My rich running problems are almost over...

Well... After chasing vacuum gremlins and verifying fuel pressure was correct, the only other thing was the float height.
After reading a less than descriptive Edelbrock manual, emailing
Edelbrock's tech (non)support, and consulting you fine people, I decided to pull the top of the carb and have a go at it.
First thing I did was run over to Home Depot and get a set of sliding calipers to measure the float height. After getting the airhorn off and flipping it up-side-down, i measured the float height at exactly 7/16"--exactly what the manual says it should be. Flipped right-side-up, the floats hung much lower than the recommended 15/16"-1". More like 1-1/4".
Based on the manual, the range of motion should be somewhere between 1/2" (7/16"-15/16") and 9/16" (7/16"-1").
Now, I was advised to try setting the float height at a higher setting, say 3/8". This didn't make logical sense to me. It runs rich...that means too much fuel. Setting the floats higher would only let even more gas in there.
So I increased the distance between the float and airhorn gasket, then bent the tab on the backside to limit its range of motion to within about 1/2" from there. I double, triple, and quadruple checked the measurements carefully.
I popped the airhorn back on (had to remove the metering rods to get it to seat) and bolted it all back together. After reattaching all the linkages and the fuel line, I was ready to fire it up.
As soon as I did so, I stuck my head out the window and looked at the tailpipe. The usual gasoline steam wasn't shooting out, which was good; my girlfriend's car is parked right next to it :-)
I smelled the fumes, waved them towards my eyes...no burn, no intense stench of gas fumes. It simply smelled like normal, good old fashioned exhaust.
After that, I came inside here to type this up and take a well deserved grape soda and Marlboro Light break. I still need to go back out and reset the timing back to somewhere close to stock, and reset the idle speed. After that I'm going to take 'er out for a spin and see how she does on the road.
Thanks to all who have helped, it's been a long road. Thank God it's almost over.
:-)
~jp
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You had to go outside the specs for that carb? Strange I've worked with these carbs for years, you may still be compensating for over jetting or wrong metering rods, but good work toning down the problem. Look into fine tuning the carbs primarys, try dropping the jets down to say 92 primarys and check the metering rod step diameters. Make sure if you unscrew the covers on the metering rods at idle, that they are down in the bore in the lean position.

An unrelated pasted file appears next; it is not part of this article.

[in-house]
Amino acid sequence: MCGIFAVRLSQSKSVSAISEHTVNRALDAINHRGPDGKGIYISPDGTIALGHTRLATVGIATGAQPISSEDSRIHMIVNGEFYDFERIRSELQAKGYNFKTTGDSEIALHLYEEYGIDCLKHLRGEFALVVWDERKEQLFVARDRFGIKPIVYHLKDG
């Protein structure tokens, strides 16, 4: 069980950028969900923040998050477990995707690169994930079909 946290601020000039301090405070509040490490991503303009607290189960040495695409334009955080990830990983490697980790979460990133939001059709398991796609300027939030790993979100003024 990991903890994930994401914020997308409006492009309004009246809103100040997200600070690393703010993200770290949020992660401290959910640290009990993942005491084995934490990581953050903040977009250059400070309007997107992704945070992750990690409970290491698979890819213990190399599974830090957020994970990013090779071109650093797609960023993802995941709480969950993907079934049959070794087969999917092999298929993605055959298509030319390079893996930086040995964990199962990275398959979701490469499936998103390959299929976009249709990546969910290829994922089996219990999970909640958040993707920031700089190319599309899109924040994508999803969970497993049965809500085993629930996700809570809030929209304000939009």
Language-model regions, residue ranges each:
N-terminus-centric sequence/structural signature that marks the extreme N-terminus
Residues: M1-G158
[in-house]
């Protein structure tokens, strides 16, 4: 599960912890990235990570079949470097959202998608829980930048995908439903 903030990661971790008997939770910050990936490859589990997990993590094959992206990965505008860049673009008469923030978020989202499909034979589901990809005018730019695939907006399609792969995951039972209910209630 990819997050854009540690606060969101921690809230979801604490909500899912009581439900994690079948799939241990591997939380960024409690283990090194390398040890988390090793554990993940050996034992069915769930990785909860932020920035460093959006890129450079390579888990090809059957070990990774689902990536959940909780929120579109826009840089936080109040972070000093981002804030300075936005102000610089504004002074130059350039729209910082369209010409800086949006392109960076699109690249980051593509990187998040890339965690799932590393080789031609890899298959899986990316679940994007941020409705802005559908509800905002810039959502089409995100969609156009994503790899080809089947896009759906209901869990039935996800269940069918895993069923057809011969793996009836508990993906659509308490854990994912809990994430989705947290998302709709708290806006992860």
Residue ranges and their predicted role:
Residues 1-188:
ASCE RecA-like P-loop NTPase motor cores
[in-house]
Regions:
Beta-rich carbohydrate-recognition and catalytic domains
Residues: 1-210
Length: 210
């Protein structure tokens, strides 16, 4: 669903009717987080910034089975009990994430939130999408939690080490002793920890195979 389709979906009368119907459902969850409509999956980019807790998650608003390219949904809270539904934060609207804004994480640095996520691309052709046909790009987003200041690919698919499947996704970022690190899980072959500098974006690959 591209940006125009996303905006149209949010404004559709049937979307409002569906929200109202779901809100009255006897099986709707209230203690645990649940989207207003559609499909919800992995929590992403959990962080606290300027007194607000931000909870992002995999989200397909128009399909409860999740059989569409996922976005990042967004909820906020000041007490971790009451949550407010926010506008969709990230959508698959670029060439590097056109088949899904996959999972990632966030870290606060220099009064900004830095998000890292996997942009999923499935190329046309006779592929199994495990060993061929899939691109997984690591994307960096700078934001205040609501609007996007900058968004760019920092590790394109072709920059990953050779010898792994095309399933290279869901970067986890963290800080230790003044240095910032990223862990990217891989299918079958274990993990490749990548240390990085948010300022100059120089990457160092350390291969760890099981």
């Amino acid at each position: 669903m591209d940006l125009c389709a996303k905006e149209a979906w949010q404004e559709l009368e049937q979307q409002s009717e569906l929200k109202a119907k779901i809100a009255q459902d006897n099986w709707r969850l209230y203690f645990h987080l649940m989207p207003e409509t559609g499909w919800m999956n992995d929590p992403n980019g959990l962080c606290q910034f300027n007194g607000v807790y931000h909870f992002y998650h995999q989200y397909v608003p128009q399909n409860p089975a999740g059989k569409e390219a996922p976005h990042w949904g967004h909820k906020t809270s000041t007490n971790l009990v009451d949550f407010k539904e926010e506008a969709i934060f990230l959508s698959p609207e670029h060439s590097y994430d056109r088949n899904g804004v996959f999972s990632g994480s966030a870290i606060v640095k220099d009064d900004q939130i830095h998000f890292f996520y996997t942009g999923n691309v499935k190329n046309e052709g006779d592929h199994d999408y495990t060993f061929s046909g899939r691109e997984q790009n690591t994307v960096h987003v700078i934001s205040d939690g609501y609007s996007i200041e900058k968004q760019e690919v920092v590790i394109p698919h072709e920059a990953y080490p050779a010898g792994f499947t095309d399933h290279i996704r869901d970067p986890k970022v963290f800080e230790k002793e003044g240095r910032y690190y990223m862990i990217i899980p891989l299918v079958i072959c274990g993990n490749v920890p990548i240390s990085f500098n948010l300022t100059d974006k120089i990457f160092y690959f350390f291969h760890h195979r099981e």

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Well, it's definitely running leaner. Still not great, but a step in the right direction. I was mainly trying whatever it took to cut the fuel intake back some.
As far as how it runs...it's OK... I noticed that when I'm in "cruise mode" at interstate speeds (55mph and above) and try to accelerate, it stumbles and shudders quite a bit. The manual suggests going to the next stiffer step-up spring on the metering rods. Otherwise it accelerates fairly evenly. I still think I should be feeling a lot more power. I'm comparing the power to its original 18 year old 305ci motor, with compromised headgaskets, with a 3.08 rear axle ratio.
Now I've got a year-old 290hp / 350ci motor with a 3.73 gearset in the rear. As I recall, that 305 was rated around 185hp. Personally, I think the difference should be rather dramatic. I could be wrong, and truly the only way to verify that would be to slap it on a dyno, but still...
I tried pulling the timing back some from the 15 degrees BTDC it's currently at. It ran like crap. My previous vacuum issue...well I'm not 100% certain that it's fixed. It still resides somewhere between 14" and 15" Hg. I'd like to see that higher. From what I understand, the hotter cam I have can cause a lower vacuum condition. But I don't yet understand cams enough to know why though.
Either way, you are probably correct. Jetting probably could have helped, and I likely adjusted the floats out of spec to compensate for something else. Maybe if I knew the specs (jetting, metering) on the original carb (Quadrajet) and was able to lay the specs for both carbs out on paper, something might jump out on me. I've learned quite a bit just in the last couple of weeks or so. Cam and carb theory is pretty interesting stuff though, so I seem to be able to digest it easily enough.
If I can get a better understanding of the size of the jets and how they affect everything else, I'd be likely to try it. I'm going to try to pick up a spring kit for the carb on Monday, so another set of rods and jets maybe would be good to pick up as well.
~jp
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You can't compare jetting between the 2 carbs, Edelbrock should be able to give you a baseline for your engine combo for jetting and metering rods and springs.

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Shep wrote:

    Even if they can't. The Cam Manufactor should be able to. As well as how much lash the valve train should have if not using hydralic lifters. Charles
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I still need to try re-jetting the carb. Unfortunately the only place that has the parts is too far away to get there during my lunch break, and traffic would make getting there during the evening rush hour all but impossible.
I think I'm going to just order a calibration kit online and have it delivered. That way I'll have an assortment of jets, springs, and metering rods to experiment with. Before I install them I'll reset the float height to what it should be.
~jp
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